The peak age for pedestrian accidents among school pupils in the UK is between 12 and 14 years, following the transition to secondary school, and after children have
apparently become relatively competent at interacting with traffic. The reason why vulnerability should increase when underlying skills have improved is unclear. A better understanding of the processes at work is therefore needed in order to determine what steps might be taken to counteract this problem.
This report details two studies designed to unravel which factors contribute most to increases in unsafe pedestrian behaviour between the ages of 11 and 15 years. Study 1 focused on whether young adolescents do, in fact, have limited skills for dealing with more complex traffic environments; and whether, in spite of this, they underestimate the difficulty of road-crossing decisions, and ignore signs that their performance is less adequate than they believe. Study 2 was designed to investigate the source of young adolescents' misperceptions of difficulty, and the relative impact of these and attitudes or other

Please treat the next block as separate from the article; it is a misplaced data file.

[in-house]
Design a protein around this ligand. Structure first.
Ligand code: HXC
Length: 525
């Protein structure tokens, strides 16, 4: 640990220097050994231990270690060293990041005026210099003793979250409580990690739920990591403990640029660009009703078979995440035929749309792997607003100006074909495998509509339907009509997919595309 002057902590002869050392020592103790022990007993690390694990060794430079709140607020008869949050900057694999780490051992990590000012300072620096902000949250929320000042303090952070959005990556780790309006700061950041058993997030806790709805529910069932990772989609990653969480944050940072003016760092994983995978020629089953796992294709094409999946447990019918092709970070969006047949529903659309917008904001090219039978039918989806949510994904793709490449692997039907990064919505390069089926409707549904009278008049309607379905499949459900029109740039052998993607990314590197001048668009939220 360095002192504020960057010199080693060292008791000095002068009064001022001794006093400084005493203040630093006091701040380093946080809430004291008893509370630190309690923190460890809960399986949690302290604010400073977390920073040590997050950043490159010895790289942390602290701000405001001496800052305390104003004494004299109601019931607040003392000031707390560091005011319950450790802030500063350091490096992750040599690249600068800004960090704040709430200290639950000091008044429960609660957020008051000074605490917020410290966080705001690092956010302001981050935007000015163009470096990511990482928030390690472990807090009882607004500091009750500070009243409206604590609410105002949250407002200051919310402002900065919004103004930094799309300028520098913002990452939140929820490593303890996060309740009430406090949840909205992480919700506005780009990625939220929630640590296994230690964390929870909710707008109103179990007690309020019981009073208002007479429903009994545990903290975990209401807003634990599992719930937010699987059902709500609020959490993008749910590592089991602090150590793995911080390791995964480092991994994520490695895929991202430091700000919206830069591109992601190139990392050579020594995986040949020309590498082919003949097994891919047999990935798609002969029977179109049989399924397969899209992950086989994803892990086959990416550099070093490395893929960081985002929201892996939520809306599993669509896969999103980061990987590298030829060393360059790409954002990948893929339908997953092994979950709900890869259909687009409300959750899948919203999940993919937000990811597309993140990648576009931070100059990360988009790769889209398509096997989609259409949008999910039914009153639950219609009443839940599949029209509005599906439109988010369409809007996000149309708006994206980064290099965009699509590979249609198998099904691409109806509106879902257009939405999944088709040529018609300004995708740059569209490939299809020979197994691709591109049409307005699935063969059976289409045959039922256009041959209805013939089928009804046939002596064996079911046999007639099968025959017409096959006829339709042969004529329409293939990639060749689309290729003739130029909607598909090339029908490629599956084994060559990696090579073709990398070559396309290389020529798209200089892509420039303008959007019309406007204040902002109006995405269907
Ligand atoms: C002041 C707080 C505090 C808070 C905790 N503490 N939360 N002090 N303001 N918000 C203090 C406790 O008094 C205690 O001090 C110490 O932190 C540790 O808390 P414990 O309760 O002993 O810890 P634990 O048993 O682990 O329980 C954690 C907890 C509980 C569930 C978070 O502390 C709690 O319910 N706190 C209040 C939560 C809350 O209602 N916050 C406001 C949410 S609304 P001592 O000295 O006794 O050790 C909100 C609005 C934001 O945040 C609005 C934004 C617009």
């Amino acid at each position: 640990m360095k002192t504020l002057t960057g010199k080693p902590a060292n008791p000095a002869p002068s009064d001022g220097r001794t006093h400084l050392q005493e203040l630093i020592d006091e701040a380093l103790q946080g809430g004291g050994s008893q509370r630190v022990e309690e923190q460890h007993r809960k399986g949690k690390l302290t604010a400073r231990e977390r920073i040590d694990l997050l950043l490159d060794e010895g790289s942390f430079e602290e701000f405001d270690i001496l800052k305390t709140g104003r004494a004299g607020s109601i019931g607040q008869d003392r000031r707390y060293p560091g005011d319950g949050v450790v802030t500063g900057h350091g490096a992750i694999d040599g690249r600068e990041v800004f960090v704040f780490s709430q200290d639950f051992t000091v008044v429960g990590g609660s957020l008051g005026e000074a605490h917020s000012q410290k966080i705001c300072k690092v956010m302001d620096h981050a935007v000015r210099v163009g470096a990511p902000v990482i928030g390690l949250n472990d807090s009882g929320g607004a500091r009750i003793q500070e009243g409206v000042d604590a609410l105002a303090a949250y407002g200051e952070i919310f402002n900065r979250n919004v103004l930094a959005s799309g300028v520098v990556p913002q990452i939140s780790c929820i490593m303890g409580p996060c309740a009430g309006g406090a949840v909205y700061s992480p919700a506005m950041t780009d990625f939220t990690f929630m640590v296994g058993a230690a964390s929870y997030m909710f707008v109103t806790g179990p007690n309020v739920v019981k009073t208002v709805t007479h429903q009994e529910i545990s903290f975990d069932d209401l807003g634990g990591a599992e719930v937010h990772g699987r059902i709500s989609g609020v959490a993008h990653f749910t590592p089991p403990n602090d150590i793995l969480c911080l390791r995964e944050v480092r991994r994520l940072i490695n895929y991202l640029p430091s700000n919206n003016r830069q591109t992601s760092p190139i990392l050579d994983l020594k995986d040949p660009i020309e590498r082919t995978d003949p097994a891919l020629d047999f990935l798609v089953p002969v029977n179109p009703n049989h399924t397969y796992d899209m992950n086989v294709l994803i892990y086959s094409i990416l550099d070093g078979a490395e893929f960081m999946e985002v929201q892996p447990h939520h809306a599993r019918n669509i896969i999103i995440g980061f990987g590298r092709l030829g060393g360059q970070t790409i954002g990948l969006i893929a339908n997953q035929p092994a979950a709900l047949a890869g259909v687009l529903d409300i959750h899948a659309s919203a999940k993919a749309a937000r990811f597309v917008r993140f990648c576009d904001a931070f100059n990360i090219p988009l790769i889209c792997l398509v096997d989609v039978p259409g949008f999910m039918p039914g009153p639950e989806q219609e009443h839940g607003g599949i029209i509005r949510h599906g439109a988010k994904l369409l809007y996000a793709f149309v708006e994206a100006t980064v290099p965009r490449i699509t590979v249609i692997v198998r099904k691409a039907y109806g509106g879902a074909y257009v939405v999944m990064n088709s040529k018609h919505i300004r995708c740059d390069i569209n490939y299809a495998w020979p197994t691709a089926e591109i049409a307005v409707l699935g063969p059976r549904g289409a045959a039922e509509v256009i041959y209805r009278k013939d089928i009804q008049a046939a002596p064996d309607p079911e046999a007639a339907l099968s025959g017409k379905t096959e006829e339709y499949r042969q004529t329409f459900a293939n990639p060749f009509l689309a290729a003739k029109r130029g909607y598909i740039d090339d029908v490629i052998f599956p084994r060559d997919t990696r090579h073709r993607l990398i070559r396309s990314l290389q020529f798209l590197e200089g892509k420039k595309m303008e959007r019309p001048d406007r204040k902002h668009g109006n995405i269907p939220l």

perceptions on pedestrian decision-making.
|Place of Publication||Wetherby, United Kingdom|
|Number of pages||124|
|Publication status||Published - 2006|
|Name||Road Safety Research Report|
|Publisher||Department of Transport Publications|
- road safety
- secondary school
- peer behaviour
- hazardous behaviour
- parental influence
- peer influence
- risk taking